A picture is worth a thousand words, except when it comes to Google's assessment of your content. In this regard, you have to tell Google what the photograph is about because Google, as smart as it is, hasn't come up with a way to judge the quality of a photograph. What's left? A description in the alt or title tag and Google's assessment of other factors like how long someone stays on a page with an image. Qaulity images can generate enough interest for people to stay longer on a website, which is a Google ranking algorithm, but keeping someone on a website for the two minutes or so required by Google is a challenge for several good photos, let alone one. Of course, a slideshow may do the trick, but people tend to get through those pretty fast too. The answer is to also have interesting content that engages your reader.
Here's a photo of an iron fence.
While the photo may or may not be of visual quality or even interesting, the visit will last longer if you explain what the photo is about or something about how or why it was photographed this way. In this example, it was the lead-in photo about emphasizing light in photography I took a series of photos where I used a wide aperture, producing a shallow depth of field in high contrast lighting where the subject was well lit but the background was in shade creating the contrast "pop" associated with the best hours for photography- just after sunrise and just before sundown.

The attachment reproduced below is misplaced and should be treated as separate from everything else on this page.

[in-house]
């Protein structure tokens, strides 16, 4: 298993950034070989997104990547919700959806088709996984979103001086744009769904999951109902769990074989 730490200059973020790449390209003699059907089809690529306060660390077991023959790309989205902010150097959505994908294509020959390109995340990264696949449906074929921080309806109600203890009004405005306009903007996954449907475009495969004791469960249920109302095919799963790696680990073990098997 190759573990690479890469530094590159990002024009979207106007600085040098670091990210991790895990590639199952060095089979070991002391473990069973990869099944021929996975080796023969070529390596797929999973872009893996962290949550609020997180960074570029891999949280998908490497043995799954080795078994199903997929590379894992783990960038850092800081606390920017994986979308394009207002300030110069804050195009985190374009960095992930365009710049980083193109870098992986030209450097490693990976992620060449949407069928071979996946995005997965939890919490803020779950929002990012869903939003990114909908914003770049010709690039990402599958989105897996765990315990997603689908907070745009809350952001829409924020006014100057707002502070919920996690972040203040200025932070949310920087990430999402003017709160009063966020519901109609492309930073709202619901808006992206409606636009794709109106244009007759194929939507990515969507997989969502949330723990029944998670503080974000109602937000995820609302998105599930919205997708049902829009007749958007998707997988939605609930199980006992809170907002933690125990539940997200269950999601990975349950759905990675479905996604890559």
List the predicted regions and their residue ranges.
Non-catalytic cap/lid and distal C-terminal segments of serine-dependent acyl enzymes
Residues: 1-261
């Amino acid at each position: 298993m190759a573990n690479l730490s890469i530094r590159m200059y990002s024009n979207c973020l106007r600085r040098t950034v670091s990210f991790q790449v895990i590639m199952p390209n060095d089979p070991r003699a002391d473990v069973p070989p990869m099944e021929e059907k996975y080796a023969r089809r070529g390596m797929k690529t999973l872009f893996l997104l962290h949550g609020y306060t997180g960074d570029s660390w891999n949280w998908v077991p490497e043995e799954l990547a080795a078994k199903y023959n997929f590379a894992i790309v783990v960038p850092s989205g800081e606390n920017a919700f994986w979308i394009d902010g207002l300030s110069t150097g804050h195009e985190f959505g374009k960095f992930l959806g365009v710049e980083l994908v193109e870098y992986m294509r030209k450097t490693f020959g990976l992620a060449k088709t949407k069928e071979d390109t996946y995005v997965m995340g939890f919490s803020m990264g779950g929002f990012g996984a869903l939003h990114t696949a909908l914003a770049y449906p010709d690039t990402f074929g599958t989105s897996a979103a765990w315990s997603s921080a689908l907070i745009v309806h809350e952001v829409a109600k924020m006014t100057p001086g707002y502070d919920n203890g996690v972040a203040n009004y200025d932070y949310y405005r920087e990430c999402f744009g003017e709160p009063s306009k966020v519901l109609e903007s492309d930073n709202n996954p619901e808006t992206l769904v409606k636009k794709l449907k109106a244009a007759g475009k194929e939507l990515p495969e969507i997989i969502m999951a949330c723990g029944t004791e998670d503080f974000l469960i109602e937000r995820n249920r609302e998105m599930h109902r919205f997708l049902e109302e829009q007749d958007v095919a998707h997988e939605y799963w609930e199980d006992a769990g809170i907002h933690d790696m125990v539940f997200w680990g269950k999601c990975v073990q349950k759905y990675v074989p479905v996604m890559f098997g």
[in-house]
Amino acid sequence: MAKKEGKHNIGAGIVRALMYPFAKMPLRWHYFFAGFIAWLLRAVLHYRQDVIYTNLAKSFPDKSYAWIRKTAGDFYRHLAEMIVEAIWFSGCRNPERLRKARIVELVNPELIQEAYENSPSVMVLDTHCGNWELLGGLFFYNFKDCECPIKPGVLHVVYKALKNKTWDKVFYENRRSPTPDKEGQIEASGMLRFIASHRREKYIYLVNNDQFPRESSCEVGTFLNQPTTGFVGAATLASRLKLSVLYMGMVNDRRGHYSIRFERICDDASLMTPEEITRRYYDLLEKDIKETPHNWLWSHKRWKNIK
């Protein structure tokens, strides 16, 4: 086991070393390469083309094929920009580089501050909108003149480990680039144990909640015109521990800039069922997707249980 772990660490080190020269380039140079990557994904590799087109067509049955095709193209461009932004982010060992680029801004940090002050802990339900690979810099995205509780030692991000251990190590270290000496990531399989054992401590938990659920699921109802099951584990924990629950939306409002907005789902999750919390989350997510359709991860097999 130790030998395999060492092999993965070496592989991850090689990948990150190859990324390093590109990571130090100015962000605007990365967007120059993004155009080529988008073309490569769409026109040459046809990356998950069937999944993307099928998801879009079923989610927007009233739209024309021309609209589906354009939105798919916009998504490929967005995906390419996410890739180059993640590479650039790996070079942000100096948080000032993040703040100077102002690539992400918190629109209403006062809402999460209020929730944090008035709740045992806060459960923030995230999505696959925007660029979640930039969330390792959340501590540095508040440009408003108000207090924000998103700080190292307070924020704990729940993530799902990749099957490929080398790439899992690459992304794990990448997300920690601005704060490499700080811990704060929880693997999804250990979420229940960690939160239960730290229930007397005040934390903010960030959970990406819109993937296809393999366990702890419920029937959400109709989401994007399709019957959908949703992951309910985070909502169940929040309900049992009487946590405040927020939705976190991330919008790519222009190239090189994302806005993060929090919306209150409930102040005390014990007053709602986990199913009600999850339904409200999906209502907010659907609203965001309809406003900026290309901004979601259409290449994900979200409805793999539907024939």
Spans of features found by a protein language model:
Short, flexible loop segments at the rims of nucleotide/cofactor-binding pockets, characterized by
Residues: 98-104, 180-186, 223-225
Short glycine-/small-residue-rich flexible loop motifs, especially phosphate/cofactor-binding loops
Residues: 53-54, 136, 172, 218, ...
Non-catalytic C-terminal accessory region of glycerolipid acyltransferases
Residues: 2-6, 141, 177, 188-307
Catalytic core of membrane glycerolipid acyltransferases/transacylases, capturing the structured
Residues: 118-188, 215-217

Nevertheless it is just one photo, so it's best to move on through several:
This is another example where some explanation is needed. This photo reminded me of CS Lewis' lamp post in Narnia- familiar to many who've read the book or seen the movie, "The Lion, The Witch and The Wardrobe" but fewer know its origins from centuries earlier via a time warp when Jadis used an iron bar from a London street lamp as a weapon at the creation of Narnia. It simply grew into a living lamp that became a landmark in Narnia.
What I have also done here is to use generously worded descriptions in the Alt tags of the photographs. That's like extra content for Google and, if relevant to the post, can get indexed in image searches as well as to verify the article content.
Will these two images keep a reader on this page for enough time to avoid a "bounce" being recorded by Google? Perhaps not, but an engaging video may just do the trick: